In addition, everyone in the family has tried to go outside to help their mental health. They delivered Kate’s bicycle to Sally’s house, which Kate rides while Sally is walking the dog or after lunch if the weather is nice. Ashley added that she tries to eat her lunch outside and that the boys have gone on walks in the park and play basketball outside during the shutdown.
One Sunday, the entire family sat outside Sally’s home in lawn chairs – keeping a distance from Sally and Kate, but still getting to see each other. Kate said they played catch and blew bubbles together. Sally added that it helped them all feel normal during this unprecedented time.
“I see all these families that are doing these fun things together and we’re missing some of that because Kate isn’t physically with us,” Ashley said. “But we are trying to think outside the box and find ways to create those family memories even with her being away from us.”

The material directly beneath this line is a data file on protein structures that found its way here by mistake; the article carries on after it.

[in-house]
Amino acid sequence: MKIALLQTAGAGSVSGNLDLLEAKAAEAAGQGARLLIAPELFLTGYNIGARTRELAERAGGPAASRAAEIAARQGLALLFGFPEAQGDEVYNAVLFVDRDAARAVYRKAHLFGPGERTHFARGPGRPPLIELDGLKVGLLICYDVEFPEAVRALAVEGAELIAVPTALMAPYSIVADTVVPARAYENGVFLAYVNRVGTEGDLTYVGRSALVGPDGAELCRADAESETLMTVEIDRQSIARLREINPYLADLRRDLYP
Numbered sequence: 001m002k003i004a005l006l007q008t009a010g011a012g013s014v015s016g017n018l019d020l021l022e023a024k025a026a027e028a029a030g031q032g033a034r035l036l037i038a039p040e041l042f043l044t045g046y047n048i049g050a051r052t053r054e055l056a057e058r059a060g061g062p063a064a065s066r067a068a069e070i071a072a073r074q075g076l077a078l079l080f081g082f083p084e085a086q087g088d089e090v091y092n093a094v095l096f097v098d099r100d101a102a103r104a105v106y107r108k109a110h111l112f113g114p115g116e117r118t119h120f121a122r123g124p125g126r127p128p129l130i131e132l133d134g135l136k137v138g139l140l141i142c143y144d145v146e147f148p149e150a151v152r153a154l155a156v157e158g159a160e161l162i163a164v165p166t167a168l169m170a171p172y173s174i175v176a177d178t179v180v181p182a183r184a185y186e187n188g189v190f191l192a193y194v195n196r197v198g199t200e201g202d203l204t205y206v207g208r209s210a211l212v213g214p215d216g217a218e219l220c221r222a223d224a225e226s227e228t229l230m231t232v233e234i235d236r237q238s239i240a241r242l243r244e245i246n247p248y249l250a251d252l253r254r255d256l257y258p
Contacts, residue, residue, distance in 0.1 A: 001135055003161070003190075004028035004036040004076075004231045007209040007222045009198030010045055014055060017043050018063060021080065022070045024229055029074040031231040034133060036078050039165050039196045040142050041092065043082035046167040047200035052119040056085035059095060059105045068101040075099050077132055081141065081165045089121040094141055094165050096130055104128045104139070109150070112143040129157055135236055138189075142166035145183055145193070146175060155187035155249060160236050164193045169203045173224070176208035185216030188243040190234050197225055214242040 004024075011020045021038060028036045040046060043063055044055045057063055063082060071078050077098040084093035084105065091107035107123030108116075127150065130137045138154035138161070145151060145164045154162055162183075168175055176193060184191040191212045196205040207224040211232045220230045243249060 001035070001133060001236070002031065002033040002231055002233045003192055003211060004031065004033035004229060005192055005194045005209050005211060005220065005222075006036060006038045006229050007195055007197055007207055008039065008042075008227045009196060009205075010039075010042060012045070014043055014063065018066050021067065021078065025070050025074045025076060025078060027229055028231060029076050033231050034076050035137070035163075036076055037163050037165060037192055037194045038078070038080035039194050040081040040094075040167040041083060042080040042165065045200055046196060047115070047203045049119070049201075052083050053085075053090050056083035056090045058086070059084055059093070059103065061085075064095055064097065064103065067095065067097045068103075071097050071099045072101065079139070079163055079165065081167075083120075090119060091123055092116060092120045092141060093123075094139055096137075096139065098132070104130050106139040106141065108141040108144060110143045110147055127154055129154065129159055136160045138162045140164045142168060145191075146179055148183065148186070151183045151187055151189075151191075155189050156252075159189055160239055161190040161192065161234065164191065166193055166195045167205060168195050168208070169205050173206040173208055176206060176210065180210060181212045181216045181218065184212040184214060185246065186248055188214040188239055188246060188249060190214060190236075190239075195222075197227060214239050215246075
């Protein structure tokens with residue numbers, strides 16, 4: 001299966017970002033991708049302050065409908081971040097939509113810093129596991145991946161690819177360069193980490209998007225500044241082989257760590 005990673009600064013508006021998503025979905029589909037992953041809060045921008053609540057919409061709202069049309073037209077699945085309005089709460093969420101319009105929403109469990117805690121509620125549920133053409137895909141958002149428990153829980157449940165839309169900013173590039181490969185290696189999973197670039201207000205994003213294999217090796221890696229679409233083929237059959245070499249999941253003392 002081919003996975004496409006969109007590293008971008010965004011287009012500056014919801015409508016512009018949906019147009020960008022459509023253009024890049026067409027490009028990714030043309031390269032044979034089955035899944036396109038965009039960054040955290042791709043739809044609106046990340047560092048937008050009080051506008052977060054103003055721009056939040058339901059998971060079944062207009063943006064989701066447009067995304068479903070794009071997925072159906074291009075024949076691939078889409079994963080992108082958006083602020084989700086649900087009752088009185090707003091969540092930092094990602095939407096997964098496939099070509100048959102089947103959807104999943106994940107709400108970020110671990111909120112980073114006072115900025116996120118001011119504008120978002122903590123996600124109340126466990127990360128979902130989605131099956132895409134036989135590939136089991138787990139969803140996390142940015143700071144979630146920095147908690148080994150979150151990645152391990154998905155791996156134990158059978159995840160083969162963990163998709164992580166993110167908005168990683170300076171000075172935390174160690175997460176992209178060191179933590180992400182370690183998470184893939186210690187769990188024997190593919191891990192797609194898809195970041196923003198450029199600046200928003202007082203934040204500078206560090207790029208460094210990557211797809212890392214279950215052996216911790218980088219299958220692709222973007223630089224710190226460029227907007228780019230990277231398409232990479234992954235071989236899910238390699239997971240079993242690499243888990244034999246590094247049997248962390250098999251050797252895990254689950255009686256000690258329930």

One of the gifts that Kate got from a friend was DVDs of the television show Friends. Ashley said her daughter has been watching the show, and Ashley bought a Friends-themed Trivia Pursuit online for them. The two split the cards amongst themselves, and have played through FaceTime going back and forth answering the questions.
Ashley said they have all done well, all things considered, but it’s hard when Kate wants to know when they might be able to go back to their normal routines.
“That’s the hard part for me as a mom, because I don’t know,” Ashley said. “I don’t know when that will be, but until then we are going to stay the course and follow the recommendations to keep them safe.”